Joanna Reed sent me this picture along with her Christmas card in 2000, less than two years before she died at the age of 85. I grew up in Malvern, PA, but it took me 16 years after moving to Colorado and then New Hampshire to find a gardening mentor in my home town.
Joanna and her husband, George, moved to their home, Longview Farm, in Malvern in 1940. The house was built in 1780 and was in desperate need of repair when they bought it. Joanna's gardening career began when she had a chance meeting with Dr. Albert C. Barnes. Dr. Barnes collected fine art and formed the legendary Barnes Foundation http://www.barnesfoundation.org/ in Merion, PA and his wife, Laura, had launched a tuition-free school of horticulture at the Barnes Foundation Arboretum. Dr. Barnes had car trouble in front of the Reeds' house and asked to use their phone. While waiting for a tow truck, Dr. Barnes convinced Joanna to enroll in the first class at the horticulture school and she began to study and propagate woody plants.
I had heard about Joanna and finally met her in 1996. I was just beginning to make my own garden and she encouraged me to learn my shrubs and trees. I was inspired by the huge katsura tree, Cercidiphyllum japonicum, that she had propagated from her classes some 50 years earlier. It was in her garden that I saw hellebores and epimediums for the first time. I was also introduced to one of my favorite trees, Magnolia sieboldii in Joanna's garden.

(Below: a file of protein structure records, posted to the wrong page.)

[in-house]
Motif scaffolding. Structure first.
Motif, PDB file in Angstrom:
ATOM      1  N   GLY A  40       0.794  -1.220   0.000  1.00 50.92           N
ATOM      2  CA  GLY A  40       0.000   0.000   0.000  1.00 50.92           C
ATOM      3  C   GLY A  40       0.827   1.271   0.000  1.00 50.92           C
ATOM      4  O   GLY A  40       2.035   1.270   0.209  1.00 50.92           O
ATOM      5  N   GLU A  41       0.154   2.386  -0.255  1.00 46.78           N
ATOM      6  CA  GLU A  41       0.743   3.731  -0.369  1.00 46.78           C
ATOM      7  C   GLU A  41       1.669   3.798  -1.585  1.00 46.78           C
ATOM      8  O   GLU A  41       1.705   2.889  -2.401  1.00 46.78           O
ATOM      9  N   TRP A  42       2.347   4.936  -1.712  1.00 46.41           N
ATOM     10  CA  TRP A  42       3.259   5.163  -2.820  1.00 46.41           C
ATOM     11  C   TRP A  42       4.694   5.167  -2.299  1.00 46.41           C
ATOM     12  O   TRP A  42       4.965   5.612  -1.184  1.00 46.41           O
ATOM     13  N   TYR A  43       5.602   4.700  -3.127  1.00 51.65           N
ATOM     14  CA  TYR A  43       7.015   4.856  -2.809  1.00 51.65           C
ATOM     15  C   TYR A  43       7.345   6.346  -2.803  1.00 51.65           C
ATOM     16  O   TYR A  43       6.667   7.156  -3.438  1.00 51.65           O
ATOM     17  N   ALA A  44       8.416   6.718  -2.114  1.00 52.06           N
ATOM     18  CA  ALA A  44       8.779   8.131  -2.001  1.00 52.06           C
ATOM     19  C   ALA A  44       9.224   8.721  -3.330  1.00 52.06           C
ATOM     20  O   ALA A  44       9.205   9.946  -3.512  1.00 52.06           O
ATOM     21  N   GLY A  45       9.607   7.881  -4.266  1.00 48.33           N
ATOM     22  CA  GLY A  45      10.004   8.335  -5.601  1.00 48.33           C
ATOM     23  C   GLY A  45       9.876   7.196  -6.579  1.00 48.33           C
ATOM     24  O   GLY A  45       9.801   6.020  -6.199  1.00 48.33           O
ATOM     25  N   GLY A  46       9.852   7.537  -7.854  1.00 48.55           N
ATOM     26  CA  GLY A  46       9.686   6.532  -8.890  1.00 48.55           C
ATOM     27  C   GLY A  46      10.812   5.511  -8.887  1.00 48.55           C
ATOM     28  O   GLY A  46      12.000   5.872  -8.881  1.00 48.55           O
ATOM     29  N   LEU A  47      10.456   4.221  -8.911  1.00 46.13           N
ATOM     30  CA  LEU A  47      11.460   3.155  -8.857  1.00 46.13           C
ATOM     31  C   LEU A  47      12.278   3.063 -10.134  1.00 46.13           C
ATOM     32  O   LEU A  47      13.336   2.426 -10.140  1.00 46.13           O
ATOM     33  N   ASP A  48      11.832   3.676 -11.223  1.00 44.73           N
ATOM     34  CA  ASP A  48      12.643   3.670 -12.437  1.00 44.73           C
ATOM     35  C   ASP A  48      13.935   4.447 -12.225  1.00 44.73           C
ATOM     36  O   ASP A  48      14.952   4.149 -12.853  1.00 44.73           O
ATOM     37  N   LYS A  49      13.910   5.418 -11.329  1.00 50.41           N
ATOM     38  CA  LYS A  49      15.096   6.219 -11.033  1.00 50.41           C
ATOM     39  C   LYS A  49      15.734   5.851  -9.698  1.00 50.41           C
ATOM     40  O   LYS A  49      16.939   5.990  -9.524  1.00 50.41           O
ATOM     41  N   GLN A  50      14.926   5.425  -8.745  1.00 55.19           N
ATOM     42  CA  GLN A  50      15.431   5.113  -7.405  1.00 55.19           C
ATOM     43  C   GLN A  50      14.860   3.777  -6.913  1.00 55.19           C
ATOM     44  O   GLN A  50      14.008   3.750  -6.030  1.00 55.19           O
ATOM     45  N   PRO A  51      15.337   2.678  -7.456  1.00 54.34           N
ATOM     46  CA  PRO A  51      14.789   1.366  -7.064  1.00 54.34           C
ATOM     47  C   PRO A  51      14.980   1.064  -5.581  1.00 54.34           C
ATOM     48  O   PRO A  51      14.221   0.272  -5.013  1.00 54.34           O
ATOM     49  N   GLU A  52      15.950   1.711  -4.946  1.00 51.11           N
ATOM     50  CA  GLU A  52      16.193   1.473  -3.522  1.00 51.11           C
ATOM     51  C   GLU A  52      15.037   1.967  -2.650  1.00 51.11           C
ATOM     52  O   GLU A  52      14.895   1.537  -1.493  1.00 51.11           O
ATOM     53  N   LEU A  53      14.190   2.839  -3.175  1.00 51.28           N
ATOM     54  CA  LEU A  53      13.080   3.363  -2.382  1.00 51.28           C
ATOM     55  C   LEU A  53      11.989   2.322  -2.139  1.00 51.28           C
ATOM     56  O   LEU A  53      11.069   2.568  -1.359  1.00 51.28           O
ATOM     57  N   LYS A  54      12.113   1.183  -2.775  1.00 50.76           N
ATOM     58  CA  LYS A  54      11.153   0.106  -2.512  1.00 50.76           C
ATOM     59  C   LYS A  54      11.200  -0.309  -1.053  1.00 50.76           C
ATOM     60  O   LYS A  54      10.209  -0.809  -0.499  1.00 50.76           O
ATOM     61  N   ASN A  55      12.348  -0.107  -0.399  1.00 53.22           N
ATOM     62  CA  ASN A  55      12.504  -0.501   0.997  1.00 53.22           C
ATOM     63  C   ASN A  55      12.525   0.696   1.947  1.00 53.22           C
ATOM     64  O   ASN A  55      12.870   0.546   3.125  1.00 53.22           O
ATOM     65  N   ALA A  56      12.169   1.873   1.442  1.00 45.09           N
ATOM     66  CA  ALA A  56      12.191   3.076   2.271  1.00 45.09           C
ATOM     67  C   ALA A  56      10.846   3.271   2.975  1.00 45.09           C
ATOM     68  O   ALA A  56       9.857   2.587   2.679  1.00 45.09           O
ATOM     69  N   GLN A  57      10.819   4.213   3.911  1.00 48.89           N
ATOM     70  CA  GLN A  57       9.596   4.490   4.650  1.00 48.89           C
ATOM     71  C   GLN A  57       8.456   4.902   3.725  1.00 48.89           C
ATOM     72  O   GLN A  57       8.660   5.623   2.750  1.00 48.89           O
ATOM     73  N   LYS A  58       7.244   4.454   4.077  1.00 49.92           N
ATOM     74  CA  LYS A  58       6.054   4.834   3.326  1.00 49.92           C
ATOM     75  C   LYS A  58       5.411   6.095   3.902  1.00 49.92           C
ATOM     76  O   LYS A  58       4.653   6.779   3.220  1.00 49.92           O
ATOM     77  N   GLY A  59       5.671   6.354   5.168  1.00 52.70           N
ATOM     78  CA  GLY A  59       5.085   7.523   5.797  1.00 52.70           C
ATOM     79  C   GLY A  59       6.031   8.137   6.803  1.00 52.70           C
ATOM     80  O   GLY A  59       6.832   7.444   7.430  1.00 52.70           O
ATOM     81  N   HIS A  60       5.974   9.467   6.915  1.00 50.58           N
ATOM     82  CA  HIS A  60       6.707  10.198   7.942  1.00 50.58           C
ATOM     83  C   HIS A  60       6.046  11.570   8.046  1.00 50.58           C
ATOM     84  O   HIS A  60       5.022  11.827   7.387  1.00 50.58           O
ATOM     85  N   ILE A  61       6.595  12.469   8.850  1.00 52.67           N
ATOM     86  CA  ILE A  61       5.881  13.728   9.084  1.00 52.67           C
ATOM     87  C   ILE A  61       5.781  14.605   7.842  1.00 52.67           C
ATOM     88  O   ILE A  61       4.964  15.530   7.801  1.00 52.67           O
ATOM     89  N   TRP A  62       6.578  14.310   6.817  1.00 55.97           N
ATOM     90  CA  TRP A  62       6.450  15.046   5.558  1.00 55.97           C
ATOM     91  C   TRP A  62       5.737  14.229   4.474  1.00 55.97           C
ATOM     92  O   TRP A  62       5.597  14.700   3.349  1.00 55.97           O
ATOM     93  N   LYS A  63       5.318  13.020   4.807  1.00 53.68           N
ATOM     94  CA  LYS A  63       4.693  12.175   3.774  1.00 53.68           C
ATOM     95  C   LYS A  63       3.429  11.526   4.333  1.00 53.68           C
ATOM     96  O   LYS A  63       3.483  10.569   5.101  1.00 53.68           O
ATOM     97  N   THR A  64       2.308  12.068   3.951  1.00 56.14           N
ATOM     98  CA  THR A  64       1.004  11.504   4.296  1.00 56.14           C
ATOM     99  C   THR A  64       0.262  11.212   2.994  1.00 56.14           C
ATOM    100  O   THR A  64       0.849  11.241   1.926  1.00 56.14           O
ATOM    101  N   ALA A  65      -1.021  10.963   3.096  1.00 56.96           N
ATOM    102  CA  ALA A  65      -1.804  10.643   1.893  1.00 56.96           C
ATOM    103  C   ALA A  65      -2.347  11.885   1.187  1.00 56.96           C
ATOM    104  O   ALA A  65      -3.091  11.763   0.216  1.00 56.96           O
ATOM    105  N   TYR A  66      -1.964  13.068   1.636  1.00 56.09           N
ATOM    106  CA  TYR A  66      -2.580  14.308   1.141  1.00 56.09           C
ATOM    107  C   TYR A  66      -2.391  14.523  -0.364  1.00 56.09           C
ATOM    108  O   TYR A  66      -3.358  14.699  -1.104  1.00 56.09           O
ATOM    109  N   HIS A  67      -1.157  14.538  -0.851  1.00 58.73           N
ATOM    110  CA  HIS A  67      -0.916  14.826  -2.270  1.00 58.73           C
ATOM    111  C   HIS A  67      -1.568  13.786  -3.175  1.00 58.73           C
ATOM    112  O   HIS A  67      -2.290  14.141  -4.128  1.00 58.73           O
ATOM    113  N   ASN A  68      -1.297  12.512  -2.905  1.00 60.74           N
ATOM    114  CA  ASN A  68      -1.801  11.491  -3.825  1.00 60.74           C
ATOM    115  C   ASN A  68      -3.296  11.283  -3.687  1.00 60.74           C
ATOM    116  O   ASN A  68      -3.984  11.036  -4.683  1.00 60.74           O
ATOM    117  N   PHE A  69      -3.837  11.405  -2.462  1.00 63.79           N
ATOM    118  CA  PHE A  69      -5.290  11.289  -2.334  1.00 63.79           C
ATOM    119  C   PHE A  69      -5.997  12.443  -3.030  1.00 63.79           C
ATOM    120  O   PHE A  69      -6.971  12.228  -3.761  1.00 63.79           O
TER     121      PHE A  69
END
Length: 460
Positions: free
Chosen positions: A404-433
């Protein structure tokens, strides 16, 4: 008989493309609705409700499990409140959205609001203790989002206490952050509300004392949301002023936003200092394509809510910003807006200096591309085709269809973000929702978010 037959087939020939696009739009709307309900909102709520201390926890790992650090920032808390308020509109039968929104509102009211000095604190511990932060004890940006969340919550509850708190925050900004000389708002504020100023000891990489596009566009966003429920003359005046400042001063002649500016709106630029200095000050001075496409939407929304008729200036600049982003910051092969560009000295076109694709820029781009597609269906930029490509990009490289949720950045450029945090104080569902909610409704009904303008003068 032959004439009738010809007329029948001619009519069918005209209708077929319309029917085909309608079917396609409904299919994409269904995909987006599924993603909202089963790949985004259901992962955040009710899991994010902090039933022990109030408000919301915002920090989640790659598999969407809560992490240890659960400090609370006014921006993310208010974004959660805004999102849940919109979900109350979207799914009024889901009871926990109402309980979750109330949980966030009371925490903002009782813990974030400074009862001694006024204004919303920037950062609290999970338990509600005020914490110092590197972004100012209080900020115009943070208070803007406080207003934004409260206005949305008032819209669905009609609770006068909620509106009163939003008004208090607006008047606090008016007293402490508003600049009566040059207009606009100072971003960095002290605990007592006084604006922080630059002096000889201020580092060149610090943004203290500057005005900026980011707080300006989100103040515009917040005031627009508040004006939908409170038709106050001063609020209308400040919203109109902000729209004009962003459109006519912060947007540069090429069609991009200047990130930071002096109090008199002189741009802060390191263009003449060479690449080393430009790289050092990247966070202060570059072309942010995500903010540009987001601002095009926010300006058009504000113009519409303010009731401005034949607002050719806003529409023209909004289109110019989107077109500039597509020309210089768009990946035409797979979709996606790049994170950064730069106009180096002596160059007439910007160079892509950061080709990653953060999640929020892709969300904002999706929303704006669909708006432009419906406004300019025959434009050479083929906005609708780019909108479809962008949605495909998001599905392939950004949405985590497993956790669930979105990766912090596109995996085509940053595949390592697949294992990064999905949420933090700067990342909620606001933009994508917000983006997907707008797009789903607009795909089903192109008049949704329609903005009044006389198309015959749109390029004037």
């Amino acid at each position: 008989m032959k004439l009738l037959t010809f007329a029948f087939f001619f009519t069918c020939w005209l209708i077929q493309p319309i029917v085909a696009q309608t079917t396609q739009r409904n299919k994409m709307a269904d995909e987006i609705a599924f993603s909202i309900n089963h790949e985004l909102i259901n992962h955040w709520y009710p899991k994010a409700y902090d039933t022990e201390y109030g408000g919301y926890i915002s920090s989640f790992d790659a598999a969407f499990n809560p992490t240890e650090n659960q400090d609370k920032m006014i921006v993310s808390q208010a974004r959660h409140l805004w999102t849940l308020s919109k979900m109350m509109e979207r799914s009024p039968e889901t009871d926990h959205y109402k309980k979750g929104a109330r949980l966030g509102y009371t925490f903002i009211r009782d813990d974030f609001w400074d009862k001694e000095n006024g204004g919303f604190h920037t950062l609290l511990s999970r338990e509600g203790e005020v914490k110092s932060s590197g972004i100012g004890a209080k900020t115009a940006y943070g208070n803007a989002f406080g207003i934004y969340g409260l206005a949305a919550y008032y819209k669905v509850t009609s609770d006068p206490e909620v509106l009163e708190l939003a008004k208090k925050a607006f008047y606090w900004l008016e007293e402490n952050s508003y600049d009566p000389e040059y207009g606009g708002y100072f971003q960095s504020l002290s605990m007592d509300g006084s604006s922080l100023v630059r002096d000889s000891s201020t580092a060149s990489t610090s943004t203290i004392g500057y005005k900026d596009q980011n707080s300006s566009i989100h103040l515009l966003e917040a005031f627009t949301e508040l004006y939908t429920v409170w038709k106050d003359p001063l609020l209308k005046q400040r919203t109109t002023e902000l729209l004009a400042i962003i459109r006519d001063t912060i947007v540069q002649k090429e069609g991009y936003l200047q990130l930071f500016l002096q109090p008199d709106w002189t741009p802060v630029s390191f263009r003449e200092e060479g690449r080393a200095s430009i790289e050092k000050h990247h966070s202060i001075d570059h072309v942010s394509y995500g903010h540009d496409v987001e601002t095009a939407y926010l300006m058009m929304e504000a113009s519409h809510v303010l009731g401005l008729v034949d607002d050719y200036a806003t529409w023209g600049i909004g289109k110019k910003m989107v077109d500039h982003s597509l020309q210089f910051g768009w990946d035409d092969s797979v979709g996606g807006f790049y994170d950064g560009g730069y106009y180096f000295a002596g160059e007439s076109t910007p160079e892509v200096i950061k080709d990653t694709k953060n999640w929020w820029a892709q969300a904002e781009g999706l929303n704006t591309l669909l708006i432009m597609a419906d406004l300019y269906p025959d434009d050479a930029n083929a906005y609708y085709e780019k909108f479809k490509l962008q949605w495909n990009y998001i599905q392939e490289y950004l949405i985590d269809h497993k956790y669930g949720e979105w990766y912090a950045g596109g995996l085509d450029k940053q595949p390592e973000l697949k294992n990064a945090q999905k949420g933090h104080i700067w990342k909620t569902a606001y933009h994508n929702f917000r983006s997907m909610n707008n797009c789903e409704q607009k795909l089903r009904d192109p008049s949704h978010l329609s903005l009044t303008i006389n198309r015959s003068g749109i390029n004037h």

I got my own katsura tree in 1997. When I was visiting Charles O. Cresson, another wonderful and very generous gardener from Swarthmore, PA, and he offered me a 3" tall katsura seedling. I planted it on axis with wooden steps to the lower woodland garden and waited. Last spring, I installed the French doors on that same axis. Now when I open the French doors, I see a 25 foot tall Cercidiphyllum japonicum. It is a reminder of my dear gardening friend and her constant optimism to plant small trees and watch them grow in your garden.
Joanna's garden is profiled in three books: The Authentic Gardener by Claire E. Saweyers, The Unsung Season by Sydney Eddison and Star Ockenga's Earth on her Hands.